Review – Invokation: Ascending from Aeons Passed

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  • Bio: n/a
  • Label: CCP Records
  • Release Date: October 26th, 2015
  • Genre: Death Metal
  • Website: Visit Website
  • Rating (out of 10):

Germany’s Invokation has been around quite a while, though you wouldn’t know it looking at the group’s discography. The band originally formed back in 2007 with guitarist Peter Patselt (Depraved, Heralder), drummer Daniel Falkenstein (ex-Atrox, ex-Messenger), Thomas Suffell on guitar, and vocalist/bassist Armin Diedler, who had left the group in 2012. The previous two recruited Kevin Dörr (Ravenfrost, ex-Beyond Serenity) for about a year as a guest member, eventually bringing in Mike Herrig later on in 2013, and a bassist that seems to only be credited as Oliver. Now a five-piece with a steady line-up, we find them finally unleashing their long overdue debut full-length effort, Ascending From Aeons Passed, through CCP Records. But is it all that long time fans have been waiting for, or does it leave listeners wanting something a little more after all this time?

Well, Ascending From Aeons Passed does present itself in a pretty brutal manner, but is set back a bit by the crisp audio quality. Much like recent Nile albums, the recording has a bit of a higher pitched presence that gives it more of a sand-blasted output. There’s also times where it seems the band is channeling an Egyptian or general middle eastern tone, such as on “Spineless Breed” and the barren landscapes the regional-specific atmospheres some of the riffs weave towards the end as it trudges along, supported by the steady click of the double bass kicks, heading into the dismal, parched guitar solo. This isn’t to say the music is sanitized through digital production or mastering though, as the bass guitar is still dominant enough in the mix, and the drum kit overall sounds fantastic, not to mention the gristled growling has a decent range to it. In fact, it would be great if this is what the band is really going for all the time.

Instead, we’re left with varying bouts of blunt force trauma and deserted landscapes throughout the release. “2nd Skin” pulls the bass more to the forefront with a great deal of hostility in the guitars when the drums aren’t pounding out well executed blast beats. There’s also a good number of downtrodden hooks throughout, such as about two minutes in that take the blistering hostility into more of a melancholic direction that the band nicely plays off of. “Death Metal Apocalypse” is similar in many ways, though restricts the slower passages after a while. For the most part, the music lives up to the title come a minute in. Fantastic drums with chugging guitar work capture the spirit of the more brutal side of death metal that Incantation and Immolation pummel their listeners with, right down to the occassional pig squeel. There’s even a sudden short lived slow break about two minutes in reminiscent of the work of Atheist that slowly builds up to mass hysteria once more.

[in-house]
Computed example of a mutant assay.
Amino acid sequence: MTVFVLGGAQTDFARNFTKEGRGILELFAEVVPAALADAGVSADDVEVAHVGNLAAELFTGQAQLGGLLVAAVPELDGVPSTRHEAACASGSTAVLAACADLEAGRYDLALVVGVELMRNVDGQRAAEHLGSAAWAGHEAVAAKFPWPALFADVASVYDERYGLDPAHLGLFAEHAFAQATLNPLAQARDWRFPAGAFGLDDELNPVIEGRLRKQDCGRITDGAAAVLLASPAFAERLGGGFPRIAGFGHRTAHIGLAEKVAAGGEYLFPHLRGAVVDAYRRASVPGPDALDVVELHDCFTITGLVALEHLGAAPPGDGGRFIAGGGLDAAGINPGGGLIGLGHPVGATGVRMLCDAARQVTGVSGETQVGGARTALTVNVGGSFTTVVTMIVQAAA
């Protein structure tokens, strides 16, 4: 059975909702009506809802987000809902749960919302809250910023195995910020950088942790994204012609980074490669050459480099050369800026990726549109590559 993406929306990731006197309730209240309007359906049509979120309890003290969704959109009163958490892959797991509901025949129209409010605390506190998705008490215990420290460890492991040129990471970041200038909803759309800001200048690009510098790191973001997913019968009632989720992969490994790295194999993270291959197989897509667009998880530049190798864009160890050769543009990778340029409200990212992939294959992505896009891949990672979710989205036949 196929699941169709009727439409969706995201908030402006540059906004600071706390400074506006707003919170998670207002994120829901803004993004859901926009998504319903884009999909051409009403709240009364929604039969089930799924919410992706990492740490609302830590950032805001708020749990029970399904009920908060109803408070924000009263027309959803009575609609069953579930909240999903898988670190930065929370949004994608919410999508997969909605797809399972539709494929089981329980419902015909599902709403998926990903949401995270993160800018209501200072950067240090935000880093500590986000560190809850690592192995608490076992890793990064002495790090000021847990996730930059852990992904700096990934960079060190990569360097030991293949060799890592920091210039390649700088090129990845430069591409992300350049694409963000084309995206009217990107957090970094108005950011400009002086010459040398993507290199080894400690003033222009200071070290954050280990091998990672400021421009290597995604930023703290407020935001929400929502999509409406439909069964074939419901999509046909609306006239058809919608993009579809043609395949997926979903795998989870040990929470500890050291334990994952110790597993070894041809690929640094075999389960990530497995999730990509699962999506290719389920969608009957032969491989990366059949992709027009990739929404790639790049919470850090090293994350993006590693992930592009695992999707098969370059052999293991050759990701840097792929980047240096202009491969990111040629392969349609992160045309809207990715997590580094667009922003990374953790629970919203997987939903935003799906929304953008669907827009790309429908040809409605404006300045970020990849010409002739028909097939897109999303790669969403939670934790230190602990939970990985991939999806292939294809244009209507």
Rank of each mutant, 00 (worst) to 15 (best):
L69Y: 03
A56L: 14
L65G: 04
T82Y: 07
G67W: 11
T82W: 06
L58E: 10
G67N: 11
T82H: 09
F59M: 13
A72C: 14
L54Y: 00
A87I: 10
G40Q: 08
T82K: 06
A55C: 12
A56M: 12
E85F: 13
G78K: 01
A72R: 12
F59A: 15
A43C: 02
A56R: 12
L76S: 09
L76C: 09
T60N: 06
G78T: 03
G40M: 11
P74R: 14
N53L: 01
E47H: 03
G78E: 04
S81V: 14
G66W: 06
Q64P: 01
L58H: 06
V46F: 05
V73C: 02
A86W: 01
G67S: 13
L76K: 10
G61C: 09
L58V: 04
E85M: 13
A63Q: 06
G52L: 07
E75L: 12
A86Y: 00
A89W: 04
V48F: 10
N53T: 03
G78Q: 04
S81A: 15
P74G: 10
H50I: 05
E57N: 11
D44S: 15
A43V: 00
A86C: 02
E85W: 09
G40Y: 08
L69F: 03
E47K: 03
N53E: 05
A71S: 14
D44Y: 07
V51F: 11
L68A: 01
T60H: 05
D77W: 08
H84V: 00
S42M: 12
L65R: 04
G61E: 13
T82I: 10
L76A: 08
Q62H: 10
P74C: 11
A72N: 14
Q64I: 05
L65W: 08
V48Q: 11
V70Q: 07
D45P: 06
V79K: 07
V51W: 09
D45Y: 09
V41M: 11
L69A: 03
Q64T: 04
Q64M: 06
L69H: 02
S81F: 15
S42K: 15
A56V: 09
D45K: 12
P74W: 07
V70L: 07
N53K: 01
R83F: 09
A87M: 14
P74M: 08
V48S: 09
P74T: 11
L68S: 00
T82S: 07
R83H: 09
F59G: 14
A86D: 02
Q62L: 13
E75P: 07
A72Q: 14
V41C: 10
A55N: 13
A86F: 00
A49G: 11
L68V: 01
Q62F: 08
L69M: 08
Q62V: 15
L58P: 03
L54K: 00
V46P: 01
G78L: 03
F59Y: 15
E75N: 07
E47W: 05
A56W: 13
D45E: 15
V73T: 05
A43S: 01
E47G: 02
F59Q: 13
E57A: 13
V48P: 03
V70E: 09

“Through the Gate of Hypnos” is a furious piece all around, finding the distortions on the guitar to become a little sharper thanks to the speed and additional complexity incorporated. It has some slower moments as well, though they are few and far between this time around, focusing more on a bloodsoaked rampage than anything else. The only gripe here, really, is that the deeper gutturals don’t quite share the level of adrenline that surges through the performance, sticking to a slower pace that only has a matching sign of life in the random rasps that appear. But then there’s “Fenfire”, which can actually be described more as a Behemoth track if they were to drop most of the black metal influence. That Egyptian sounding atmosphere is present, though more obvious during the slower bouts about half way through, and again at the end, and it actually works out for the most part given how the band shifts between speed, not to mention the somewhat eccentric start as well.

Overall, Ascending From Aeons Passed isn’t the most awe-inspiring death metal album to be released this year, but when the band is on fire, you tend to stop what you’re doing and take notice. The faster, more chaotic cuts like “Death Metal Apocalypse”, “2nd Skin”, even the latter half of “Nonconformist”, all speak volumes of the group’s ability to slam your head against the nearest rock in obedience. Even some of the slower passages work out when coupled with that aforementioned fury. But, like mentioned, that random middle eastern or Egyptian atmosphere just puts you off a bit, leaving the listener conflicted as to whether this is meant to just be a pulse pounding death metal bloodbath, or if that blood is meant as a tribute to ancient gods of that region of the world. Either way, it stands a good album worth checking out, and a promising, long overdue start for this long-running entity.


Digital review copy of this release provided by CCP Records.